ATHENS, Ga. - In the Deep South, far from ground zero, Bob Hart is turning his front yard into a memorial to Sept. 11.
On a wooded lot frequented by deer, Mr. Hart is building a rustic memorial to victims, clearing a short, winding trail, and erecting wooden signposts that display a hand-painted selection of victims' names.
By the time he finishes, the names of all the victims will be posted along the walkway, making a meditative trail in his rural Athens neighborhood.
Each post will be marked by an American flag, hand-painted by Mr. Hart in his studio. The public will be welcome.
"I just want it to be a calm place, where they can come out and reflect," he says.
Towns across the United States are planning to build memorials to the September tragedy, even places with few ties to the three crash sites or to victims. Numerous Web sites have sprung up as electronic memorials, offering evolving records of the victims and places to send in tributes.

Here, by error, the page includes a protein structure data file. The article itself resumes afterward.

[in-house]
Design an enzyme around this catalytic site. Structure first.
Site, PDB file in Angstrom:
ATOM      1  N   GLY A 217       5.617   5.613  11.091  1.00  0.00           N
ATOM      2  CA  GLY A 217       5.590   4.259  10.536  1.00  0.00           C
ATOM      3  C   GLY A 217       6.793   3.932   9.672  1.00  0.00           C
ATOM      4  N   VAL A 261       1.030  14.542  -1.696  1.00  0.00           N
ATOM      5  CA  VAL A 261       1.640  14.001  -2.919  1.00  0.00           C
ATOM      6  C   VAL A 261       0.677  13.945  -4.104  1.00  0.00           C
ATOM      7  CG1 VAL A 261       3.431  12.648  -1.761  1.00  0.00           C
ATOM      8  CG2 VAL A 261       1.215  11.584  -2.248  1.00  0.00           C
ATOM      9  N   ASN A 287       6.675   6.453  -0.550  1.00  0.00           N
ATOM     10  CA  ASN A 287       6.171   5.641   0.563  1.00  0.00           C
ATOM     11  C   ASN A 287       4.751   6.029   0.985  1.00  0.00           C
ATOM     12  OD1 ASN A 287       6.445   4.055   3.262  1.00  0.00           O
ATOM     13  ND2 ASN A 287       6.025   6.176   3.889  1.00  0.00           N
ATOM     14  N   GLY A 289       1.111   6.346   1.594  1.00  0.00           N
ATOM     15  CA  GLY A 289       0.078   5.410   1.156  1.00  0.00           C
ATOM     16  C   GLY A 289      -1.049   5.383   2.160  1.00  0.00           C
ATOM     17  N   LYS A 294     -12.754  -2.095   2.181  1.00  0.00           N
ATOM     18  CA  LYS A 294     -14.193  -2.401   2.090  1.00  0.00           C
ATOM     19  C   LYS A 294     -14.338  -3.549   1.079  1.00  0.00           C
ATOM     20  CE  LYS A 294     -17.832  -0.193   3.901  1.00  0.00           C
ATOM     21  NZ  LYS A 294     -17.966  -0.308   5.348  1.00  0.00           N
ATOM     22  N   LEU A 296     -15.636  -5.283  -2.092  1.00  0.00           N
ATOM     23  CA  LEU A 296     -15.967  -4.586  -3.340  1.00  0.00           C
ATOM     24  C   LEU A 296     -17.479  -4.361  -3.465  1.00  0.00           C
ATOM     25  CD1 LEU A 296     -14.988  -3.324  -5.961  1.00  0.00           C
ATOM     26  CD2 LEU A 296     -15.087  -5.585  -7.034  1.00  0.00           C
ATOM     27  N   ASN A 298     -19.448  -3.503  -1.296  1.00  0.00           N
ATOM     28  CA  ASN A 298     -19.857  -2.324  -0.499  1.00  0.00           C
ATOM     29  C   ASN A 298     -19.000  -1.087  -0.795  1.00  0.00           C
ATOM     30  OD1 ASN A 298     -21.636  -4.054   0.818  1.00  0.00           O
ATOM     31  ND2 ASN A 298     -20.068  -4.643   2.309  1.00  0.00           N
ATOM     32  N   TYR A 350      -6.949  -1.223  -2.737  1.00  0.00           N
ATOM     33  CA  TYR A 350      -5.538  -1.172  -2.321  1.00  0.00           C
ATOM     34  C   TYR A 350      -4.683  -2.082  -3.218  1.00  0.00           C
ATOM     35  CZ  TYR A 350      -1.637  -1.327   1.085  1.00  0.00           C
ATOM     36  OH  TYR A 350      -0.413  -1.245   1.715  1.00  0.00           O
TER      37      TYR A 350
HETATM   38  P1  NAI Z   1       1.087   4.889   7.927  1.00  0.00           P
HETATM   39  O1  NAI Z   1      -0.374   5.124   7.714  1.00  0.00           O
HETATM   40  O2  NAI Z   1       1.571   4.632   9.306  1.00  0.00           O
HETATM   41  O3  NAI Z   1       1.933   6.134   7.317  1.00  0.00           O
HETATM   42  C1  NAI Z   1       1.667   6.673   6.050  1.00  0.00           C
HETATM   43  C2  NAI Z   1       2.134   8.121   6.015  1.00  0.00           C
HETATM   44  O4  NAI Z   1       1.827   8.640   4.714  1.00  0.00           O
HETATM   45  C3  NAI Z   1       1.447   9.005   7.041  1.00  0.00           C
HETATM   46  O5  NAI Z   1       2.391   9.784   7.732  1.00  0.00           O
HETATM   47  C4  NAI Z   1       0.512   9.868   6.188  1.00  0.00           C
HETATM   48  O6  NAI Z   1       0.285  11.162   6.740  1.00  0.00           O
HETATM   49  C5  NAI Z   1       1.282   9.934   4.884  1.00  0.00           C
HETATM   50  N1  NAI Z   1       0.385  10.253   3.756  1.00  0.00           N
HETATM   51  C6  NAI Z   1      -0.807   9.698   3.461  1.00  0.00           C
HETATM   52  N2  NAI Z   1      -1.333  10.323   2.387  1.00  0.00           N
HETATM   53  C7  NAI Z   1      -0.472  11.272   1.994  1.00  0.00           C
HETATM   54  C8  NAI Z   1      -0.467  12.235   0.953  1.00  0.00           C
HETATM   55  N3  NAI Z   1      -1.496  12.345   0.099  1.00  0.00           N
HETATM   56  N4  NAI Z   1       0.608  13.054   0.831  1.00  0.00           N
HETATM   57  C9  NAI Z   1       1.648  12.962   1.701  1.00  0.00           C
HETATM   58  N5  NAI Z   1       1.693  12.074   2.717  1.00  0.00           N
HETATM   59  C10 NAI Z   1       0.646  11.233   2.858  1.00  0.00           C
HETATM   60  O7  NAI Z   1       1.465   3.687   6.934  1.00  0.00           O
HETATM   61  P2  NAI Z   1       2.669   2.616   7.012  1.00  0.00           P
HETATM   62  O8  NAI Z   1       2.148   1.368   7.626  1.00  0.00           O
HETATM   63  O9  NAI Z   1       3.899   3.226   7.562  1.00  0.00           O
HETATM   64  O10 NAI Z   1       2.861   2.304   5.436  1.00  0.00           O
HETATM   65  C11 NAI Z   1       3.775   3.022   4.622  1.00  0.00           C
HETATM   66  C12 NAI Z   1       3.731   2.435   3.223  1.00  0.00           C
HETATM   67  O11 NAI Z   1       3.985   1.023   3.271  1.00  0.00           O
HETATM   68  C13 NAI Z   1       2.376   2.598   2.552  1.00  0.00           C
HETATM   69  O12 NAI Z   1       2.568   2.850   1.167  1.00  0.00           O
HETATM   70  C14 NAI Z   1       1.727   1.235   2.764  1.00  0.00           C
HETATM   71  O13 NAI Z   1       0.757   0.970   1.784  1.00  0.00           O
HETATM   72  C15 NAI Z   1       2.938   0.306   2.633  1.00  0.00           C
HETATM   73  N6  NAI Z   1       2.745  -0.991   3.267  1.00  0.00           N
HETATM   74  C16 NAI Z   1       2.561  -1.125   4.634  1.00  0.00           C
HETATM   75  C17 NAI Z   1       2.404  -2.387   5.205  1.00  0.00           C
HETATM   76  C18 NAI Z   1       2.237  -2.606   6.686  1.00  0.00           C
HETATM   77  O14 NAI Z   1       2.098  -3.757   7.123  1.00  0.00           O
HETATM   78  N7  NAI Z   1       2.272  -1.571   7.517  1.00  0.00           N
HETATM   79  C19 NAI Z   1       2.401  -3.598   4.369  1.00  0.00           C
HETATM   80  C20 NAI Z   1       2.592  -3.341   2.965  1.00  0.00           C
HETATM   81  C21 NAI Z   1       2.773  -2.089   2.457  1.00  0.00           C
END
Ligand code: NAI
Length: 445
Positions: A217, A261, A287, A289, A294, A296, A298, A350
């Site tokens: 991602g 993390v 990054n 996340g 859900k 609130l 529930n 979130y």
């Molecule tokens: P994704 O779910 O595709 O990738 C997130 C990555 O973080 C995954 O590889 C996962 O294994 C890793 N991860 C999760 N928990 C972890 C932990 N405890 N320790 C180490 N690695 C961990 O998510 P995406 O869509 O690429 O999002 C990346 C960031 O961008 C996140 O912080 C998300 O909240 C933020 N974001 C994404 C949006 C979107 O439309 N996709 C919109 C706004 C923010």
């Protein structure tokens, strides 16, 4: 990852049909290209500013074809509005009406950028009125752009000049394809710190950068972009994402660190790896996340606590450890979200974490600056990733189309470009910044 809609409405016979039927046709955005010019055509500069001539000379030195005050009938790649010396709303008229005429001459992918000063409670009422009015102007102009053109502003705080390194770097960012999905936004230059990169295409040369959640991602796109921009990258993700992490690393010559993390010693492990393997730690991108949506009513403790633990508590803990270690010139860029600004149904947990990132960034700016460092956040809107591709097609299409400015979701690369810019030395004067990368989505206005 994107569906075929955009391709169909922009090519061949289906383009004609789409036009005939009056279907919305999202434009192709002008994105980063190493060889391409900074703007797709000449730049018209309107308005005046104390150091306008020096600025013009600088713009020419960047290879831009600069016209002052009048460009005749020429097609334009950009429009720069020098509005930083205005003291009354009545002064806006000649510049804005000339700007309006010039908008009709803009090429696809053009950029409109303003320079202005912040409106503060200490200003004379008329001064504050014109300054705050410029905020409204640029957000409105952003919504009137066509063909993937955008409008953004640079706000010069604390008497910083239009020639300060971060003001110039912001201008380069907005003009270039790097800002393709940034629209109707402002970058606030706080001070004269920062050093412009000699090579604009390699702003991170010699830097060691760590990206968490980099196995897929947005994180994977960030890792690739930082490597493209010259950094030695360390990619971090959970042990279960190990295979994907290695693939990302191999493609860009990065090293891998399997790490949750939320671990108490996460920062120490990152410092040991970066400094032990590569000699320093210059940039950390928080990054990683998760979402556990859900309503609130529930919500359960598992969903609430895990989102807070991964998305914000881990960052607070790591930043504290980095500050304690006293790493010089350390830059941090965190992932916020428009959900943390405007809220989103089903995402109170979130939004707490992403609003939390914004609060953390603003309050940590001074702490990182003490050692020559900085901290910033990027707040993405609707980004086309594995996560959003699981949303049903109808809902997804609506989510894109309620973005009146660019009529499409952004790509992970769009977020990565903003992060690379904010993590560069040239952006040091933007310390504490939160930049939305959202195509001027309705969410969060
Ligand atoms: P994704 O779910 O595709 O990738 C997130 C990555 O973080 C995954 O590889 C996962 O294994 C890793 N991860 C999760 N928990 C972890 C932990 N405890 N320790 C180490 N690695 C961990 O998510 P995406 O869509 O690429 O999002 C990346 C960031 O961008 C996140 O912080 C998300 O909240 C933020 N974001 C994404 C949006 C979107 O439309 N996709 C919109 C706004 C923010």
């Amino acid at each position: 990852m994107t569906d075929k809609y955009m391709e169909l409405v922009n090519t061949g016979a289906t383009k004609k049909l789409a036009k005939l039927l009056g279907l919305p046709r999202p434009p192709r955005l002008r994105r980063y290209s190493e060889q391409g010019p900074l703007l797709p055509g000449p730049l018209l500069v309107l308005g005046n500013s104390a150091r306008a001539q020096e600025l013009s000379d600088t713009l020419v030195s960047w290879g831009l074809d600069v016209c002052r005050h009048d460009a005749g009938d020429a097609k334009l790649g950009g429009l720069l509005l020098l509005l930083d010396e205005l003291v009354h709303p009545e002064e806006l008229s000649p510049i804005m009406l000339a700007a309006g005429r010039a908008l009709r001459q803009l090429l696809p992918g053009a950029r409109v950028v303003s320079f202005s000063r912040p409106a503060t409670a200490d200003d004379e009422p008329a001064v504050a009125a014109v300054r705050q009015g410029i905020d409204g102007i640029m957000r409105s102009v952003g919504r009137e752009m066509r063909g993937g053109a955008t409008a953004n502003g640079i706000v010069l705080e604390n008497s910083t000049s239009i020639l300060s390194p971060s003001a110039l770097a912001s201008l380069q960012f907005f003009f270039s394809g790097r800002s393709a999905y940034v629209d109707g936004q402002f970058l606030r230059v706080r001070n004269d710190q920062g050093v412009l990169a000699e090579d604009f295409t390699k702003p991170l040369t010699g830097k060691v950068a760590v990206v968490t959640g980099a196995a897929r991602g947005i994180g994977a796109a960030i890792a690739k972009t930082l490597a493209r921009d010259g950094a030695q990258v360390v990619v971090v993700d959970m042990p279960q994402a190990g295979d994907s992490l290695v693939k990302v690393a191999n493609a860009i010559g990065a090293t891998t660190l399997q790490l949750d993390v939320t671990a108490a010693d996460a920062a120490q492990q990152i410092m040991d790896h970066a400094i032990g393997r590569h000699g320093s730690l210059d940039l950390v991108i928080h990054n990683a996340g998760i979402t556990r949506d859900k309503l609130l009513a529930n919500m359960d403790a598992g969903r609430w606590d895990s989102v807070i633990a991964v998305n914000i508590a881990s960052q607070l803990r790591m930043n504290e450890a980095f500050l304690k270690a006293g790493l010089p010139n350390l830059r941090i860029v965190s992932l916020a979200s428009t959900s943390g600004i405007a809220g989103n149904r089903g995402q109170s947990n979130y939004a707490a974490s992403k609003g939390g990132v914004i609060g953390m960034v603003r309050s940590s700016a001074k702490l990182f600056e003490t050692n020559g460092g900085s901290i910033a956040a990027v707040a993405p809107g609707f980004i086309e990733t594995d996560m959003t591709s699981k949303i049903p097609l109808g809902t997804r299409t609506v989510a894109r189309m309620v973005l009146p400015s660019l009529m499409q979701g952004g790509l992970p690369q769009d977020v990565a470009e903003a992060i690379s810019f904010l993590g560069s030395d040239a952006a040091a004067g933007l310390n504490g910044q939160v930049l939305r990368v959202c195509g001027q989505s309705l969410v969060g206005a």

An information technology expert at the University of Georgia, Mr. Hart said he didn't know any of the victims, but he had become disturbed by the way people seemed to be forgetting about the tragedy. He said he's always been patriotic, and was in the ROTC in the 1970s when other college classmates were protesting American government policies.
In November, Mr. Hart, an accomplished painter and folk-art collector, came up with the plan of erecting his trail memorial, which will eventually house three sculptures commemorating the crash sites in New York, the Pentagon and the field in Pennsylvania. A small chapel-like shelter with stained-glass windows is planned.
His wife, Nancy, a retired high school principal from Oglethorpe County, approves of the plan.
"I've had a lot of folks want to help," he says. The key idea, he says, is that all victims will be remembered at the site, including a rescue dog that perished.
Strolling down the trail, he still gets emotional thinking about the attacks. He said he's not seeking the publicity that might come from a memorial, but just a way to remember what happened Sept. 11.
"We're not forgetting what happened on that day," he said. "I think we need to stay on our guard."